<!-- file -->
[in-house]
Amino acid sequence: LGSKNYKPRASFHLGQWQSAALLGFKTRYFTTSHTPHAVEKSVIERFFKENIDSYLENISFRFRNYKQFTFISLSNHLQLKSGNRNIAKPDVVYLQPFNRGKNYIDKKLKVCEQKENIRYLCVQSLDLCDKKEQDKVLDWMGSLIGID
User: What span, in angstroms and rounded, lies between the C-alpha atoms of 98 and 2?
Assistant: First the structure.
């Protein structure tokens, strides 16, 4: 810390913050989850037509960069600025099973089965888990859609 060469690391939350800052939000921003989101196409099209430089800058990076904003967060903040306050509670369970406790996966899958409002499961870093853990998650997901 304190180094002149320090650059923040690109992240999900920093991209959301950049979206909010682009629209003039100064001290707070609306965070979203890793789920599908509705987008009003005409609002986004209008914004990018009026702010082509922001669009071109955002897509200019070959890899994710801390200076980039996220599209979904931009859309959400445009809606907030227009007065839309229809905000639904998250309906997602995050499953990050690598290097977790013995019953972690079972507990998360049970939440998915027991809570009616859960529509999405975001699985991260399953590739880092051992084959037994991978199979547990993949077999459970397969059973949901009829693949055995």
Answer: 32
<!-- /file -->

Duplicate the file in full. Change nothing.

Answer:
[in-house]
Amino acid sequence: LGSKNYKPRASFHLGQWQSAALLGFKTRYFTTSHTPHAVEKSVIERFFKENIDSYLENISFRFRNYKQFTFISLSNHLQLKSGNRNIAKPDVVYLQPFNRGKNYIDKKLKVCEQKENIRYLCVQSLDLCDKKEQDKVLDWMGSLIGID
User: What span, in angstroms and rounded, lies between the C-alpha atoms of 98 and 2?
Assistant: First the structure.
């Protein structure tokens, strides 16, 4: 810390913050989850037509960069600025099973089965888990859609 060469690391939350800052939000921003989101196409099209430089800058990076904003967060903040306050509670369970406790996966899958409002499961870093853990998650997901 304190180094002149320090650059923040690109992240999900920093991209959301950049979206909010682009629209003039100064001290707070609306965070979203890793789920599908509705987008009003005409609002986004209008914004990018009026702010082509922001669009071109955002897509200019070959890899994710801390200076980039996220599209979904931009859309959400445009809606907030227009007065839309229809905000639904998250309906997602995050499953990050690598290097977790013995019953972690079972507990998360049970939440998915027991809570009616859960529509999405975001699985991260399953590739880092051992084959037994991978199979547990993949077999459970397969059973949901009829693949055995």
Answer: 32